The US exit from the Olympics took many people by surprise, and incited more than a few social media firestorms. There were complaints about coaching decisions, arguments about Hope Solo’s comments, and quite a bit of general consternation about the state of US tactics and style.
But the loss also inspired something wonderful, a moment of genuine human compassion which showed off everything that’s good about sports fandom in an age of social media. I’m talking, of course, about #DogsForChristen.
It started off here:
Before long, similar posts were flooding in, with the hashtag briefly trending in a number of US cities.
We’re so used to hearing invective, harsh words, attacks. Fans love players who are performing, and shower them with insults as soon as things turn sour. And in a media landscape that prioritizes the shocking, it’s all the worst comments that rise to the top. But against all that, we get #DogsForChristen.
There’s nothing particularly complicated here. Press loves dogs. US Soccer fans love Press, and wanted to show her that they’re still on her side. And there’s almost literally no better way to communicate earnest care than with dogs. Your dog doesn’t care if you missed a penalty or had a bad day or work or anything else; she’s there for you no matter what.
The point of these tweets isn’t to drown out the rest of the conversation. We can and should talk about the tactics and the coaching decisions and everything else. But players aren’t just their image, and they aren’t just their performance. And that’s something that’s all too easy to lose track of. So in those conversations, we should also remember that everyone involved, on both sides of the screen, is a human being—no less and no more.
The perils of intimacy
That’s actually more complicated than it might seem, because fandom is often performed on a weird knife’s edge of false intimacy. As long as there have been sports, fans have convinced themselves that their favorite stars loved them back, only to feel betrayed when they refused to sign an autograph at a restaurant, or left for a new city as a free agent. But in the age of Twitter, Instagram, and Facebook there are infinitely more vectors for those feelings to travel down. When a player is only a few taps of the phone away, the sense of genuine personal connection is uncomfortably easy to cultivate. And while the negative consequences of this sort of faux intimacy can be overstated, it does sometimes veer toward the uncomfortable or even unpleasant (with harassment as the all-too-common endpoint).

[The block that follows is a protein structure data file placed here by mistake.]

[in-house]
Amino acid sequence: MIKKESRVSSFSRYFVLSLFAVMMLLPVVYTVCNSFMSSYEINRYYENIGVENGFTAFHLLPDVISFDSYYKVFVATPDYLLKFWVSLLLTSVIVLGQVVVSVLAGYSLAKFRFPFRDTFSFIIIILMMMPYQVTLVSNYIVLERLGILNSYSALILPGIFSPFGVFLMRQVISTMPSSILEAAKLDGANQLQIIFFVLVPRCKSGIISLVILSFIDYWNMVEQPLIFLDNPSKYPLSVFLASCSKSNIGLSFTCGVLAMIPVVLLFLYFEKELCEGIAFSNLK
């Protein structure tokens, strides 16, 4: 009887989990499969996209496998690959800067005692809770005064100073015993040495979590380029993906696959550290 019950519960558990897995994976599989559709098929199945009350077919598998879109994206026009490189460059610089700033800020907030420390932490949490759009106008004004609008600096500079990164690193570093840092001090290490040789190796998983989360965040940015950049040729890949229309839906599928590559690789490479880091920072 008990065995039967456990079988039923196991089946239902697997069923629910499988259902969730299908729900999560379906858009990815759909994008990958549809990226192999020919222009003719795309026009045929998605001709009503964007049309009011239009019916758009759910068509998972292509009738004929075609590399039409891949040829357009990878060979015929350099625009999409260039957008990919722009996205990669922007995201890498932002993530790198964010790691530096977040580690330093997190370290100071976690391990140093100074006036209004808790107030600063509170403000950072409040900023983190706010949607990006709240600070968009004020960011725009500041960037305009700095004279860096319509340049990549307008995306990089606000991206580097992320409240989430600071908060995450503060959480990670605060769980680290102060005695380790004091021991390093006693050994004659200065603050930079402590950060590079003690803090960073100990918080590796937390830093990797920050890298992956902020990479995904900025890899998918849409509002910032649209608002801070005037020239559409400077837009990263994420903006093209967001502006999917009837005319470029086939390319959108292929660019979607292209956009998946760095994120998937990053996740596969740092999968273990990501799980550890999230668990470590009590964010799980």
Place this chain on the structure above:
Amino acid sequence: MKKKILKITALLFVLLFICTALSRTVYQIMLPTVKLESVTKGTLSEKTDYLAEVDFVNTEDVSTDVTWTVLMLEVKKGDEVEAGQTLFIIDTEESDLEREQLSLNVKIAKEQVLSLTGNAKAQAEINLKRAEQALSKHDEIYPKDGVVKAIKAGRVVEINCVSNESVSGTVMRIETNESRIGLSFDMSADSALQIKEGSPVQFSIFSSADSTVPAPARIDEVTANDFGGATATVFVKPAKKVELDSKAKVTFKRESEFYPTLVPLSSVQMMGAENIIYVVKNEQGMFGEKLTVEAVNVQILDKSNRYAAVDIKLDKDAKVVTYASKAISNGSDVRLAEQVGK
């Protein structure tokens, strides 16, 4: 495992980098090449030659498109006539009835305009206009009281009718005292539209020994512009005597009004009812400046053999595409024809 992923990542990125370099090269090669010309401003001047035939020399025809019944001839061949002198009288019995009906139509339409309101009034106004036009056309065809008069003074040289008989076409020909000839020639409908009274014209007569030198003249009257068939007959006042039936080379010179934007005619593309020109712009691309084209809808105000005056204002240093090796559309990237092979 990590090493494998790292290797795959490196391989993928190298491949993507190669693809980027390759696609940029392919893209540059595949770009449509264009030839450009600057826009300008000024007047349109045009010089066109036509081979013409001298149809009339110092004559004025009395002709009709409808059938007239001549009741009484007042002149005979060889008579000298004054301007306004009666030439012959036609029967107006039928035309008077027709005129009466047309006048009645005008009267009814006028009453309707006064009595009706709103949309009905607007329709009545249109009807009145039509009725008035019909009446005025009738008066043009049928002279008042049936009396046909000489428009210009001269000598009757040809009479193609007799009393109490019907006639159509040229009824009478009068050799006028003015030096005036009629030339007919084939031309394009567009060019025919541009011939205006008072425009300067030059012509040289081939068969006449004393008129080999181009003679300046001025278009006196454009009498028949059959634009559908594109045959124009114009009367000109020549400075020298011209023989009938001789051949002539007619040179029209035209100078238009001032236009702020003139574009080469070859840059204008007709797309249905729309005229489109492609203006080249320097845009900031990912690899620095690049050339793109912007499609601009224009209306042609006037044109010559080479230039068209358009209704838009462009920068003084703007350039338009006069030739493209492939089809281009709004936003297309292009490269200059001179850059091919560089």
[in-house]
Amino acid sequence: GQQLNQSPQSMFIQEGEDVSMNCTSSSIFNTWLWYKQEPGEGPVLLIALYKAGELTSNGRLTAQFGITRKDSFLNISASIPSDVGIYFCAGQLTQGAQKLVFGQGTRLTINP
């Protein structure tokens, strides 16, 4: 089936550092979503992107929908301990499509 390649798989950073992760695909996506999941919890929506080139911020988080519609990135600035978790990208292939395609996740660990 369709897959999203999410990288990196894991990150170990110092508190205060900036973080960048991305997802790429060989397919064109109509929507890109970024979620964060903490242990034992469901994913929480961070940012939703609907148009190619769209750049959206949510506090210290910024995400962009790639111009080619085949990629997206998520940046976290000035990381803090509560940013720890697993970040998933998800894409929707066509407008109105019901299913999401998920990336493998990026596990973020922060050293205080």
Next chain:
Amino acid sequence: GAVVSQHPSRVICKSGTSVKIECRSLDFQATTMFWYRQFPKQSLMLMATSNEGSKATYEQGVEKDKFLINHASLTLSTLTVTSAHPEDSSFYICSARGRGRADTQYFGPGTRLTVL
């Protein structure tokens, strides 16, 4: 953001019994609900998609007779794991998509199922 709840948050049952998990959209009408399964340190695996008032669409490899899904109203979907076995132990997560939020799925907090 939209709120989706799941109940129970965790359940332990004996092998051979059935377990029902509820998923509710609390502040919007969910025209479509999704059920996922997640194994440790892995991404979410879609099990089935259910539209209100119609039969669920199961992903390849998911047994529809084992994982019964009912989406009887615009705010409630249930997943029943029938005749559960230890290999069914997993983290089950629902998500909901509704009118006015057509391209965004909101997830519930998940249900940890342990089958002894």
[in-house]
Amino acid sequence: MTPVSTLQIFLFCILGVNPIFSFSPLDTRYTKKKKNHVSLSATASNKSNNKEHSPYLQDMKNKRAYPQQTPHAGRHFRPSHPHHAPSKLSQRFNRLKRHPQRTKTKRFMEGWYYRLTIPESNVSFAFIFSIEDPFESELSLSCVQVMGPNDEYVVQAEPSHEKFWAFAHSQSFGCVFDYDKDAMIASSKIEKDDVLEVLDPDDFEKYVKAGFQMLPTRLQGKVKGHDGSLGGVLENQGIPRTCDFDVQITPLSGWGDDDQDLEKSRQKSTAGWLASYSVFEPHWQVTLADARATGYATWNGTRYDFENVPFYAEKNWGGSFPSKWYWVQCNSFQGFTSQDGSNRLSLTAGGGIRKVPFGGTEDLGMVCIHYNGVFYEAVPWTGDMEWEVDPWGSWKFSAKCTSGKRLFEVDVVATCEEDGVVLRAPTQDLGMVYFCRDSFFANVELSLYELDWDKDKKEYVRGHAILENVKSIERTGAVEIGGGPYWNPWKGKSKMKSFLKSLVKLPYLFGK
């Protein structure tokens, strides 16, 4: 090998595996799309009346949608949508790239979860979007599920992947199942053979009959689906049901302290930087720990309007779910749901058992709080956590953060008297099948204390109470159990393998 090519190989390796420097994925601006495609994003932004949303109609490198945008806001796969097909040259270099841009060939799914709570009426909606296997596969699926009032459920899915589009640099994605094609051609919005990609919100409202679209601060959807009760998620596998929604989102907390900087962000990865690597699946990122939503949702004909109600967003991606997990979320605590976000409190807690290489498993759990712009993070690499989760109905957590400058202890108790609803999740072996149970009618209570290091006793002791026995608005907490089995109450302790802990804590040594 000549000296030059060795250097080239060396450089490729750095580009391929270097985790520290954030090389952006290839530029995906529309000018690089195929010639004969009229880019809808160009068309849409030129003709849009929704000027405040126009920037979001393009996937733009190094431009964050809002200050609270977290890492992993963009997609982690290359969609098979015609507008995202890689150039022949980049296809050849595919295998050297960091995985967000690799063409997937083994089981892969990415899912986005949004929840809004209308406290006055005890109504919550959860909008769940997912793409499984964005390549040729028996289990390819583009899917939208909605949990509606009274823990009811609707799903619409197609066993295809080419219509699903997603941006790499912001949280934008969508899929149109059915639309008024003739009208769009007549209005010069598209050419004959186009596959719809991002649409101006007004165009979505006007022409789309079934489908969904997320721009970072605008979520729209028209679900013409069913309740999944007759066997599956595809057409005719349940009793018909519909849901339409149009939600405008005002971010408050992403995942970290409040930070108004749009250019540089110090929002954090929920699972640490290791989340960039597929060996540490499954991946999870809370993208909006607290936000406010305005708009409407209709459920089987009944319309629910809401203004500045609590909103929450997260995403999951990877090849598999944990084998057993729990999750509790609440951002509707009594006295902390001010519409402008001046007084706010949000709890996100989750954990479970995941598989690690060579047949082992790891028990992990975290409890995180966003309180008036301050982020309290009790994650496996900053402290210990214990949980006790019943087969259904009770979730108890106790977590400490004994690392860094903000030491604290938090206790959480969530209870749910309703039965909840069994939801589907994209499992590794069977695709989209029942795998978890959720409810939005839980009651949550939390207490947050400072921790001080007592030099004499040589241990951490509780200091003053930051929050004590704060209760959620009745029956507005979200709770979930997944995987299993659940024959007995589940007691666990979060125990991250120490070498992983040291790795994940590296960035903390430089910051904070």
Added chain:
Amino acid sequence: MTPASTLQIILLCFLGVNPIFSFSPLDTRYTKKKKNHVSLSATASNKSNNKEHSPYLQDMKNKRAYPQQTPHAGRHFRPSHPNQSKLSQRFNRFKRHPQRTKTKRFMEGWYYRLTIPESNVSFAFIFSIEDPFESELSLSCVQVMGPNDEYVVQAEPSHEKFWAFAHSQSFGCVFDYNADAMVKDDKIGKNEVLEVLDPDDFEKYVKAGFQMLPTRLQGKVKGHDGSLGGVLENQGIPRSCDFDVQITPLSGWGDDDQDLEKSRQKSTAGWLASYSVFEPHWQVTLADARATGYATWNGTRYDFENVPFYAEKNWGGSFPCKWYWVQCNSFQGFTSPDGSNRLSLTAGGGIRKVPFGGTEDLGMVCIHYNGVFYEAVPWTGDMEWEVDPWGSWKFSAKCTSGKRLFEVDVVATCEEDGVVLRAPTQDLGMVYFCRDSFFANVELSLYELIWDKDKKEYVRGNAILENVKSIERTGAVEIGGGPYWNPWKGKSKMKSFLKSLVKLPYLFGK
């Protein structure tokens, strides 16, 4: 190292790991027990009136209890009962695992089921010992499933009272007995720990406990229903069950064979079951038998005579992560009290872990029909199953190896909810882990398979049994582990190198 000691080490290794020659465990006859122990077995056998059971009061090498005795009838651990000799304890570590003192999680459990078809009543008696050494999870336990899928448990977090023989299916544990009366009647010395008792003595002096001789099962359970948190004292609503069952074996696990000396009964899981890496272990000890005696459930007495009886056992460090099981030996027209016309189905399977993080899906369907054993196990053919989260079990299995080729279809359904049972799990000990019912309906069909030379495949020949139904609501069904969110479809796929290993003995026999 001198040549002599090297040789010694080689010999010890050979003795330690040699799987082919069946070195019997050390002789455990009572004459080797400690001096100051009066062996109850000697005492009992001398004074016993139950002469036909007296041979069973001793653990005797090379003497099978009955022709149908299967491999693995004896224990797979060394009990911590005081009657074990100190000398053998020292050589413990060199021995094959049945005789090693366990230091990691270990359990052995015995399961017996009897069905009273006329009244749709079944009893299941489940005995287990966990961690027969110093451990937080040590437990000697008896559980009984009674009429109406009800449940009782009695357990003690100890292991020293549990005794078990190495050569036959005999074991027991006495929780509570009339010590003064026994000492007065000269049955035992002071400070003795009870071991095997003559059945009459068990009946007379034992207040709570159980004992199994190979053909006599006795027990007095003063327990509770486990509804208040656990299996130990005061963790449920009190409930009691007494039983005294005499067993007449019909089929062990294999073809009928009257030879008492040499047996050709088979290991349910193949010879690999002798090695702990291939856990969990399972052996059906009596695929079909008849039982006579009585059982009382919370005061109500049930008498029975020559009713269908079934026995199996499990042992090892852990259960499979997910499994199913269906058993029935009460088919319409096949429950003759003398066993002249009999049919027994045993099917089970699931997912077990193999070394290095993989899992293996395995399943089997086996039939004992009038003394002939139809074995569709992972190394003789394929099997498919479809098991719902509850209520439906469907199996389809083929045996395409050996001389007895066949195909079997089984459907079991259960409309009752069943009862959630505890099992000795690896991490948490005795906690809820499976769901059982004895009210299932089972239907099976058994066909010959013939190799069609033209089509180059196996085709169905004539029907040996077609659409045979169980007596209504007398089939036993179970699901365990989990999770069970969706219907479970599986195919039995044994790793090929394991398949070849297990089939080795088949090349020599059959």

But #DogsForChristen shows that it doesn’t need to be like that. There’s no aggrandizement in it, no expectation of reward, no grand gesture. It just says “I see your pain. I understand it, at least a little bit. And it’s valid. But there’s still a lot of reasons to smile, too.”
It’s quietly, delightfully, human.
But would we respond the same way to a man?
This is a fair question, and one that provokes some understandable uneasiness. Isn’t this a form of coddling, a kind of infantilization? Aren’t we doing Press a disservice to treat her as an object of sympathy rather than purely as an athlete?
The answer, emphatically, is no.
Fans of women’s sports often struggle against a media landscape that often treats women primarily as bundles of emotions and only secondarily as athletes. They are rightly sensitive to accusations that women can’t be ‘real’ athletes, or that fans of women’s sports aren’t ‘real’ fans. So there’s an understandable impulse to doubt anything which suggests that women’s sports might operate in different ways than men’s, because we’re all too familiar with the ways that ‘different’ inevitably becomes coded as inferior.
But one of the wonderful things about women’s sports communities is their thoughtfulness, their willingness to regard existing systems as malleable rather than fixed, and their commitment to taking the good parts of sports fandom without necessarily accepting all the bad parts.
Is Press being treated differently than a man in the same situation would be? Probably. But that’s a good thing! Because one of the worst element of many sports cultures is their tendency to reinscribe the worst forms of masculinity, the ones which mock the importance of self-care, which see all forms of weakness as humiliating, which regard any deviation from the norm as evidence of personal failure. Those negative tendencies are by no means universal to any fan culture, but they are especially muted in many women’s sports communities, filled as they are with people all too familiar with the toxic implications of those ideals. And that’s something we should celebrate, not something we should fear.
So yes, let’s retain our critical faculties. And let’s make sure to not let stories like this be the only way that people think about women in sports. But we also shouldn’t be afraid of acknowledging our frailties. #DogsForChristen absolutely doesn’t imply that Press is deficient. It simply acknowledges the sense of hurt that comes from a tough loss, and offers a little bit of warmth on a cold day. It’s a tiny sliver of human generosity, a demonstration that we are all each other’s keepers. The American sports landscape needs more stuff like this, not less.